Figure 31 Proportion Of Each Group Who Thought The Government Should Either Require Or Give Tax Breaks To Construct More Energy
Increase energy efficiency of buildings. Majorities of Democrats, Republicans, and Independents have consistently favored federal government efforts to improve the energy efficiency of new buildings. In 2020, 86% of Democrats, 61% or Republicans, and 74% of Independents favor this policy option, with a partisan gap of 25 percentage points.
Climate Agreement Is Long
The survey results underscore almost two decades of often unappreciated accord among Americans on various aspects of climate change.
In more than 20 years of surveys by Stanford Universitys Political Psychology Research Group, large majorities of Americans have said global warming is a significant threat and merits government attention. The researchers found that the majority of Americans favor a range of government policies to reduce emissions and oppose policy approaches that seem unlikely to be effective.
A majority of Republicans are actually on what I call the green side of the issue, a huge majority of Democrats are, and a large proportion of Independents, said Jon Krosnick, a professor of political science at Stanford University in Palo Alto, California, who has long conducted survey research on attitudes toward climate change.
At the University of Washington in Seattle, Ann Bostrom, a professor of environmental policy, has polled Americans on climate change since the 1990s. Her results show substantial areas of harmony, similar to the Public Agenda/USA TODAY/Ipsos survey.
Theres strong agreement among people across political ideologies in investing in research into renewable energy, according to her research.
Greece: We’re Outta Here
Evacuees on a ferry at the port of Pefki, Euboea they are embarking on a journey into the unknown, as their homes and belongings will probably be destroyed by the time they return. For the first time since the forest fires started on the Greek island of Euboea at the beginning of last week, massive air missions are now being flown to fight the fires. Eyewitnesses report apocalyptic scenes.
The world is burning
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A New Generational Divide
Among Republicans younger than 40, a majority is concerned about the changing climate, opinion polls show. By contrast, 65% of Republican baby boomers have said climate change was not an important concern to them.
This age gap was illustrated in Miami in June, when the ACC held a rally dubbed “the first conservative climate protest in the US.” Speakers had to shout over heckling by a group of older men who waved signs reading: “There is no climate crisis.”
ACC head Benji Backer met with Miami Mayor Francis Suarez at the ‘first-ever conservative climate rally’ in June
Staunch climate denial is still seen in the rhetoric of Republican lawmakers, too. When large parts of Texas lost power in frigid weather last winter, Republican Governor Greg Abbott falsely blamed solar and wind energy. And when President Joe Biden announced his goal of cutting greenhouse emissions in half at a climate summit earlier this year, some Republicans and right-wing media stoked resistance by spreading misinformation suggesting the president planned to restrict meat consumption.
Democrats And Republicans Divided On Climate Change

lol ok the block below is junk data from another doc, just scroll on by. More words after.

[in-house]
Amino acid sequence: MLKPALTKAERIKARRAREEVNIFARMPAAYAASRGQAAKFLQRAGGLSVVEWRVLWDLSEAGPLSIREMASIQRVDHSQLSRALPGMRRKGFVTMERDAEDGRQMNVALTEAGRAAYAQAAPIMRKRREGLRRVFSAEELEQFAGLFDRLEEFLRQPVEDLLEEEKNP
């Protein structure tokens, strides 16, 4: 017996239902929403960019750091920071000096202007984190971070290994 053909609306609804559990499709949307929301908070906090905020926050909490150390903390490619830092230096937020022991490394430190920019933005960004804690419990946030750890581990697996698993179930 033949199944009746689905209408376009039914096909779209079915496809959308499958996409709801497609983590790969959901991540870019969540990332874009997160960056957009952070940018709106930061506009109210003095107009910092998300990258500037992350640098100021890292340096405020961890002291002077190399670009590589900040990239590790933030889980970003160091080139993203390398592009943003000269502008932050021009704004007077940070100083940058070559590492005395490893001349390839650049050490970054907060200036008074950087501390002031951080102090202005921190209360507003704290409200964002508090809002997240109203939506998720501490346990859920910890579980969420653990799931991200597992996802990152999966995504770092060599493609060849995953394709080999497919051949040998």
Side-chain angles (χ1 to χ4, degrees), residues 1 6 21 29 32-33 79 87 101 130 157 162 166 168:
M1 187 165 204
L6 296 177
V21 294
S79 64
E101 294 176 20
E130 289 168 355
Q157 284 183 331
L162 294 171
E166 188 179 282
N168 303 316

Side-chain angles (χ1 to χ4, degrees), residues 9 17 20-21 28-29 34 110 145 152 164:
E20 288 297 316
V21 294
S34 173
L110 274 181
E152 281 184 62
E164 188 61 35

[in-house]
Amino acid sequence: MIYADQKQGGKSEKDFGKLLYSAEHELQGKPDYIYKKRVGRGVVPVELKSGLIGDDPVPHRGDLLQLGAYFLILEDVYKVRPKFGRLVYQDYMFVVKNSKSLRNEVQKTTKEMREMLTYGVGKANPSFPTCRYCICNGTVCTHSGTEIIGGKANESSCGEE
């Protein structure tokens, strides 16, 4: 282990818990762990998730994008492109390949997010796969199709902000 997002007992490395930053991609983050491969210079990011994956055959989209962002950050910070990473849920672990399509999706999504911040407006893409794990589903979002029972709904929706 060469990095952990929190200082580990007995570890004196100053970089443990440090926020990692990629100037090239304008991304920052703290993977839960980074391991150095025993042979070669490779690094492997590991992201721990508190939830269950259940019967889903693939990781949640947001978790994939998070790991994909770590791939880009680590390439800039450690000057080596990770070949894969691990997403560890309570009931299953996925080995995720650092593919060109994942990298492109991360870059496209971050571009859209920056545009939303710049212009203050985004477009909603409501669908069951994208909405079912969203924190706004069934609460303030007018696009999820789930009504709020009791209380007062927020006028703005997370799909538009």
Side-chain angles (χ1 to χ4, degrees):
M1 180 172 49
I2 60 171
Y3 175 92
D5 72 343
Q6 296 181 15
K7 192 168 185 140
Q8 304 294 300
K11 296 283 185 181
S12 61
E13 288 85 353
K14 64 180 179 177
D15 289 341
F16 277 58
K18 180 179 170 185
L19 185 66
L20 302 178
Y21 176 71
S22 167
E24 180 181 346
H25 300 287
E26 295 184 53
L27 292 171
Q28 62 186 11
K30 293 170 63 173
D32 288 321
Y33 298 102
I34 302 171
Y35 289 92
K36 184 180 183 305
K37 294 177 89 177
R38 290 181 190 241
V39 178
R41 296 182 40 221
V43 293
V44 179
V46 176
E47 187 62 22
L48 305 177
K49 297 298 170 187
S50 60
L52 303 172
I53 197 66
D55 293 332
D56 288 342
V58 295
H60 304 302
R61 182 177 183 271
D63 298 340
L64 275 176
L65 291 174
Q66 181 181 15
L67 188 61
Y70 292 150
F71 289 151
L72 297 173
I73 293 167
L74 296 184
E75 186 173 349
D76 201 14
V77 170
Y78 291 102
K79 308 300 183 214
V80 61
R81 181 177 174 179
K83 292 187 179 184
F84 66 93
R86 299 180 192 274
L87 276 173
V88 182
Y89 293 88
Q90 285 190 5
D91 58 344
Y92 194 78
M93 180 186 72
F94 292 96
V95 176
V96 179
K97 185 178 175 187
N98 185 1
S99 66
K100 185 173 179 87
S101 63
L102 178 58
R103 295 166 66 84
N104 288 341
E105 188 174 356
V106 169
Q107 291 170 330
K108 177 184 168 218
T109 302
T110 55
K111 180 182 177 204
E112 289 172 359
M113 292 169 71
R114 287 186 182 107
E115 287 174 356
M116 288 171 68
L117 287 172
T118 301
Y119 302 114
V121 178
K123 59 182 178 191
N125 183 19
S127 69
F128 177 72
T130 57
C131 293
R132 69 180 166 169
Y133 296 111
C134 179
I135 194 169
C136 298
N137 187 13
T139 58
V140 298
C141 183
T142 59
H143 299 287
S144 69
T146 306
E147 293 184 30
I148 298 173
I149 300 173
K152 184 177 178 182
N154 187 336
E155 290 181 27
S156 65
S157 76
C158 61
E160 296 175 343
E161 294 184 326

Representative Alexandria Ocasio-Cortez, a Democrat from New York, speaks as Senator Ed Markey, a… Democrat from Massachusetts, right, listens during a news conference announcing Green New Deal legislation in Washington, D.C., U.S., on Thursday, Feb. 7, 2019. Photographer: Al Drago/Bloomberg
How serious an issue is climate change and what should be done about it? It is not surprising that Democrats and Republicans have different views about these questions as they do about so many issues today. But what is significant now is the depth of their differences on climate change and how much those differences have grown over time. In the April issue of AEIs Political Report, we examined partisans views in recent polls and trends.
When Quinnipiac University asked registered voters in December 2018 about the extreme weather events over the past few years, 90% of Democrats and 24% of Republicans said they were related to climate change. In a similar question asked by Economist/YouGov pollstersin March 2019, 76% of Democrats said the severity of recent weather events were the result of climate change, compared to 17% of Republicans. Seventy-four percent of Republicans said these kinds of events just happen from time to time.
And what about the Green New Deal? In the limited number of polls that we have at this point, most Americans are not very familiar with it. Among those who have an opinion, Democrats are more positive than Republicans.
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Strong Bipartisan Support For Expanding Solar Wind Energy Production
One spot of unity in an otherwise divided environmental policy landscape is that the vast majority of Americans support the concept of expanding both solar and wind power. The public is more closely divided when it comes to expanding fossil fuel energies such as coal mining, offshore oil and gas drilling, and hydraulic fracturing for oil and natural gas. While there are substantial party and ideological divides over increasing fossil fuel and nuclear energy sources, strong majorities of all political groups support more solar and wind production.
These patterns are broadly consistent with past Center findings that climate change and fossil fuel energy issues are strongly linked with party and ideology, but political divisions have a much more modest or no relationship with public attitudes on a host of other science-related topics.
Boom for home solar ahead?
Some 41% of Americans say they have given serious consideration to installing solar panels at home . Their reasons include both cost savings and help for the environment. A similar share of homeowners have either installed solar panels or given serious thought to doing so . Western residents and younger adults are especially likely to say they have considered, or already installed, solar panels at home. Two-thirds of homeowners in the West have considered or installed solar panels, compared with 35% of homeowners in the South, 40% in the Midwest and 38% in the Northeast.
Red New Deal Gop Offers A Climate Plan Of Its Own
By Nick Sobczyk | 11/04/2021 05:26 AM EST